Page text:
I had a client complain about me this week.
To back up a bit, he had come in a month ago with his dog, whose left side of her head was swollen to about twice its normal size. “It’s an abscess,” he told me, and wanted me to ‘stick something in it and drain it.’
I do what I always do, and come up with my list of differentials- all the things it might be. You just can’t assume it’s the most likely thing, even though it probably is, because sometimes it’s not, and if you aren’t keeping all the possibilities in your head you make mistakes. I was thinking of abscesses, cancers, foreign bodies, rattlesnake bites, all sorts of things.
I took a little peek in the dog’s mouth, but with her head as swollen as it was, I couldn’t mess with it too much. So my plan was to do the following: sedate the dog, which would make her more comfortable and allow me to do a full exam; and go from there. The next steps might be, depending on what I saw: remove a rotten tooth, drain an abscess, do some x-rays if it looked like a mass.
The owner was very upset I didn’t know the problem right off the bat. He asked me several times, incredulously, why I couldn’t tell if there was cancer by looking at the outside of the dog. There’s a planet Krypton joke in there somewhere, I just know it.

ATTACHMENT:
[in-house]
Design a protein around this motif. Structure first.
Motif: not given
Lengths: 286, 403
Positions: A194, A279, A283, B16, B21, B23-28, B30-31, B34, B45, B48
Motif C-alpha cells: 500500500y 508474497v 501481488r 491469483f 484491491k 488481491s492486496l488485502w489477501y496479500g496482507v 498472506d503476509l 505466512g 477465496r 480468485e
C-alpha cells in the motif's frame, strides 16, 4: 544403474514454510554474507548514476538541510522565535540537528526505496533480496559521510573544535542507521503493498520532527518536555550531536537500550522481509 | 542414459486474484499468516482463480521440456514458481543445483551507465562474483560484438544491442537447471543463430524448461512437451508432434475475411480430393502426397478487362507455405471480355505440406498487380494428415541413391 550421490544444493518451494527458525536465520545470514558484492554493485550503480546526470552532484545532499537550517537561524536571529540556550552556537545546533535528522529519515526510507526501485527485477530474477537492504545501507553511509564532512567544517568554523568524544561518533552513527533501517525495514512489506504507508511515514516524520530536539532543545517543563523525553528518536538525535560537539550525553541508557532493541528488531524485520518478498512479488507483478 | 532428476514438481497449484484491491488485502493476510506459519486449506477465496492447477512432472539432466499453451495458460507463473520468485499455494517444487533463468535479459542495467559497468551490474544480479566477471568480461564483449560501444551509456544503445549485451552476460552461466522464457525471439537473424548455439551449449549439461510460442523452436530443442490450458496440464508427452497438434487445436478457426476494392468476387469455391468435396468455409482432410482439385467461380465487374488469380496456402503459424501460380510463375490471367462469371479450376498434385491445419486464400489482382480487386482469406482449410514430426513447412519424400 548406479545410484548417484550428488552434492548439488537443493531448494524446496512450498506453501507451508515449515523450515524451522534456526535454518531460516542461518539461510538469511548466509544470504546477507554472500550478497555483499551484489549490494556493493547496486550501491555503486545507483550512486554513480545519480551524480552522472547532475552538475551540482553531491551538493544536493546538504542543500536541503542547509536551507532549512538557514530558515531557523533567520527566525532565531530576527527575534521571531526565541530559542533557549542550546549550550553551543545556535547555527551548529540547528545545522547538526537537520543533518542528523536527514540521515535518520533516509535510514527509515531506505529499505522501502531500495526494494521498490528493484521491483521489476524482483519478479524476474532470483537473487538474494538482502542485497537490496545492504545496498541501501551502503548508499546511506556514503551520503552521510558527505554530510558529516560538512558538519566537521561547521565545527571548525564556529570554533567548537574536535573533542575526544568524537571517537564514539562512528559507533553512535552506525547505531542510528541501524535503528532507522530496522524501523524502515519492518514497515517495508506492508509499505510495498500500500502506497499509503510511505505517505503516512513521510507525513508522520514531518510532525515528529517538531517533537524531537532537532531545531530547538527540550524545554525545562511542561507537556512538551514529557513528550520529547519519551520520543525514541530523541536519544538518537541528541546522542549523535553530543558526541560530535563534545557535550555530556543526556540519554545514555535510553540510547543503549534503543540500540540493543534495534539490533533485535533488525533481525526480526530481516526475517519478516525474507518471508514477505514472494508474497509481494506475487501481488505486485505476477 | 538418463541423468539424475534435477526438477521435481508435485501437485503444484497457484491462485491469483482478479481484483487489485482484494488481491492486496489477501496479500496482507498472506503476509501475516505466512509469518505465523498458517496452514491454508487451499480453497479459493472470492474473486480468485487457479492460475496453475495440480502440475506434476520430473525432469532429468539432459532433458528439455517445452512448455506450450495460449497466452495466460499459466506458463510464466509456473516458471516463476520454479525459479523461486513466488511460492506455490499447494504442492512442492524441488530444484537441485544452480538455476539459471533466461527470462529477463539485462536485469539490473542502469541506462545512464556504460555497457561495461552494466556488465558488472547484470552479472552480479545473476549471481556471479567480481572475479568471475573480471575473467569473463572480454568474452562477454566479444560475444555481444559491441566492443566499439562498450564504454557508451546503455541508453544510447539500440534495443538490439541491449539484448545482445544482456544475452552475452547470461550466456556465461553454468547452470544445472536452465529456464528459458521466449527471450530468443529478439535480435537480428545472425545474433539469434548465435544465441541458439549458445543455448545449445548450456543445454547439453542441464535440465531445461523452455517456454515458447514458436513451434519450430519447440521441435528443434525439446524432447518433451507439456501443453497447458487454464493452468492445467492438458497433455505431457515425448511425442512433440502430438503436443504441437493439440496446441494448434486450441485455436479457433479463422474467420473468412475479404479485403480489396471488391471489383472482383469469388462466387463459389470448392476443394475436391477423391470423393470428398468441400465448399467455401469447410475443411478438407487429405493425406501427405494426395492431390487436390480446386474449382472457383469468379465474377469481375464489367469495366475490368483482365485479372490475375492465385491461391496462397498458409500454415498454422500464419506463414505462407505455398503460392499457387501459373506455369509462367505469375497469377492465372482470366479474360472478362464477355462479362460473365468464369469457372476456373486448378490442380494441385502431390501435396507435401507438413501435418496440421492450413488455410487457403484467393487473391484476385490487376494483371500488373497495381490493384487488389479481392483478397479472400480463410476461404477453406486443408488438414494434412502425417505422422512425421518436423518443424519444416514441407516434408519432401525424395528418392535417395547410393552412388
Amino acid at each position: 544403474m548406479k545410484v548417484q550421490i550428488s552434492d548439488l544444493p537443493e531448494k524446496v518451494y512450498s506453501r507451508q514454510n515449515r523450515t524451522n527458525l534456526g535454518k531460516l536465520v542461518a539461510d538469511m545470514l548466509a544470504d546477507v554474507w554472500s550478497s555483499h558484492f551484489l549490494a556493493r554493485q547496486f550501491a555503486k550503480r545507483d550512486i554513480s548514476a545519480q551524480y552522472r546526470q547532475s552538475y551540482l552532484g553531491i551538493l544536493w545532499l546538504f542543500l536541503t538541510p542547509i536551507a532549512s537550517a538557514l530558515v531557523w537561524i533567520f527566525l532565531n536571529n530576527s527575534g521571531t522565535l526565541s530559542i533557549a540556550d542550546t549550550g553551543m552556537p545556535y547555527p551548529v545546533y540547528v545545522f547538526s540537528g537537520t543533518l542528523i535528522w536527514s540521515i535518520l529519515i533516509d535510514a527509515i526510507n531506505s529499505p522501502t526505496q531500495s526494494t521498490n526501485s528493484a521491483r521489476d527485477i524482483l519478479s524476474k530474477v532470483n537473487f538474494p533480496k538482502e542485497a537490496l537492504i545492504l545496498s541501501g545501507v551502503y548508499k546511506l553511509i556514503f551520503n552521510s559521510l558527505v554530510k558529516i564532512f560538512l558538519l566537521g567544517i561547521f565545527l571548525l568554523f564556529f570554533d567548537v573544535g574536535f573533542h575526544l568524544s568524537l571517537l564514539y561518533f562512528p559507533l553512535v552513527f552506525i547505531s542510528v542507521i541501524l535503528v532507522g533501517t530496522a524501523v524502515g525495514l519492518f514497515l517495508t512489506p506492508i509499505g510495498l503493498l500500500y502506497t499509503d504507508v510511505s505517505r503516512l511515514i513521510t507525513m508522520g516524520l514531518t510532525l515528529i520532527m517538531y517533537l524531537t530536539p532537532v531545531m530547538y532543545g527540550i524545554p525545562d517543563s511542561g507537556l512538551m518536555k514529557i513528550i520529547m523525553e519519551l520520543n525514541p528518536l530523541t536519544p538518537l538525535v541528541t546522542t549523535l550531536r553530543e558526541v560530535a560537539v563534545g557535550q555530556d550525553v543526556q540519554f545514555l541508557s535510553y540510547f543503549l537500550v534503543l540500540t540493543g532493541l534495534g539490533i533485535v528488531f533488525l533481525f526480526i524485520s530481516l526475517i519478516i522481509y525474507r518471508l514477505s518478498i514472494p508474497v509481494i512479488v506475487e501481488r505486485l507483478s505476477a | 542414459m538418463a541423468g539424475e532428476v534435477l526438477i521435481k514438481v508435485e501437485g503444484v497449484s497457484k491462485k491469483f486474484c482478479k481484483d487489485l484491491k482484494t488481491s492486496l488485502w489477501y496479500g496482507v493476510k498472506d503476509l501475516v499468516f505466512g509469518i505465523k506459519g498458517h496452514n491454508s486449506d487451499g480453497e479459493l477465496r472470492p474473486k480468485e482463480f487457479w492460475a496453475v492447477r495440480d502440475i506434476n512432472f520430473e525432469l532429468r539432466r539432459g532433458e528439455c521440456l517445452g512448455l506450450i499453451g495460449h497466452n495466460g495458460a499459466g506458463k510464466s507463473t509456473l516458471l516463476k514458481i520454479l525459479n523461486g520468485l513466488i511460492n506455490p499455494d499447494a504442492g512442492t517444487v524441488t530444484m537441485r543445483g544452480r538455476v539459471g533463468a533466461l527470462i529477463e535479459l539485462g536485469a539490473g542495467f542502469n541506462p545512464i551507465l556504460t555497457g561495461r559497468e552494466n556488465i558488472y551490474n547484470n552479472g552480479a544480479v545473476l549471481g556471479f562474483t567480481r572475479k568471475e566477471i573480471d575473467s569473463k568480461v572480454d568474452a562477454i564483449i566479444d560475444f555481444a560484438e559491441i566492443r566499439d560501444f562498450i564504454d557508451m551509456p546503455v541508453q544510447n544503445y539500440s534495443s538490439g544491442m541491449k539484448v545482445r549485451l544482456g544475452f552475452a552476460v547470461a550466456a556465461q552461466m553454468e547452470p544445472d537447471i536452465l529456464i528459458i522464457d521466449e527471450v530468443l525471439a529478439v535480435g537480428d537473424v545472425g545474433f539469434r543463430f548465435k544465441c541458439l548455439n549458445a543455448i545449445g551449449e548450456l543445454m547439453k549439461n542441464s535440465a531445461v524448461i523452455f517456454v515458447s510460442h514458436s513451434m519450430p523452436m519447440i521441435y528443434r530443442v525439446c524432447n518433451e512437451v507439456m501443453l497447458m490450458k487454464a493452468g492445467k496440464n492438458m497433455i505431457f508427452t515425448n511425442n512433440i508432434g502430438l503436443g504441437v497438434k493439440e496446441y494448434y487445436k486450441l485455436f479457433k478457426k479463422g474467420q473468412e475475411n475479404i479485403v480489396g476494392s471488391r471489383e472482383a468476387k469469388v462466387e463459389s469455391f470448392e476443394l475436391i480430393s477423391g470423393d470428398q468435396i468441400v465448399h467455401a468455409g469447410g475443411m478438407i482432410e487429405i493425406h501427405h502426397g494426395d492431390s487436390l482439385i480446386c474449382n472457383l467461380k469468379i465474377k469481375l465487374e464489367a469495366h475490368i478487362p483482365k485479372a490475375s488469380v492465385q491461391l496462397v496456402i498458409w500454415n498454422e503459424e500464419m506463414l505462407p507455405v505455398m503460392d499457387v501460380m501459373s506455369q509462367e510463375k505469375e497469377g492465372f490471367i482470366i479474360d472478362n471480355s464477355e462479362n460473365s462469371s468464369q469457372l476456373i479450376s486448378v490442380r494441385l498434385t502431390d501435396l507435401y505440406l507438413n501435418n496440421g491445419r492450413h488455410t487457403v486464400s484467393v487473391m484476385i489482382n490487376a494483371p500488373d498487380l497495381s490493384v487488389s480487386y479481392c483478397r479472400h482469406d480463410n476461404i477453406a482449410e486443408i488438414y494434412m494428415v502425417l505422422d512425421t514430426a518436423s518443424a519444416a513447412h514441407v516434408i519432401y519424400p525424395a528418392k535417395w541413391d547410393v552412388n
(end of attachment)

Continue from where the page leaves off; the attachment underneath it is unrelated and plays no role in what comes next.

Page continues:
So he stormed out, then called Doc Good Ole Boy down the road, who, according to the owner, diagnosed a tooth root abscess over the phone based on his description. He passed on some rather uncharitable things the other vet supposedly said about my experience level (and this is a person I have never met). He went on and on to my office manager about my incompetence.
“Well, what exactly did Doc Good Ole Boy do?” my office manager asked.
“He gave her a pain med, then he pulled the rotten tooth.”
“OK,” said my office manager, “So he did exactly what our doctor suggested we might need to do, then?”
“Well, yes,” he conceded. “But he knew right away without all that other hooey. He stuck his fingers right in there and knew.”
“OK,” said my office manager. “So you’re mad my doctor didn’t put her fingers in a painful dog’s mouth and force her jaw open? Because I wouldn’t do that either. Aside from the risk, that’s a very painful thing to do to pet.”
“Well,” the man scoffed, “You shouldn’t be working with dogs if you’re scared of them.” As if overconfidence is the key to not getting bit. Actually, I would say the key to not getting bit is sedation and pain control, but that’s just me, Doc-who-likes-her-face-and-hands-intact.
I wonder how many fingers Doc Good Ole Boy still has. I found out his name and was debating whether or not to call him and see if he really said the things this person claims he did, but my tech very correctly pointed out that it wouldn’t really accomplish anything. I try very hard not to throw other vets under the bus, because most of the time the client’s side of the story is about 30% correct compared to what really happened, so it bothers me when others do it to me. This is the part where I take solace in my superior pain management, alone in my self righteous indignation.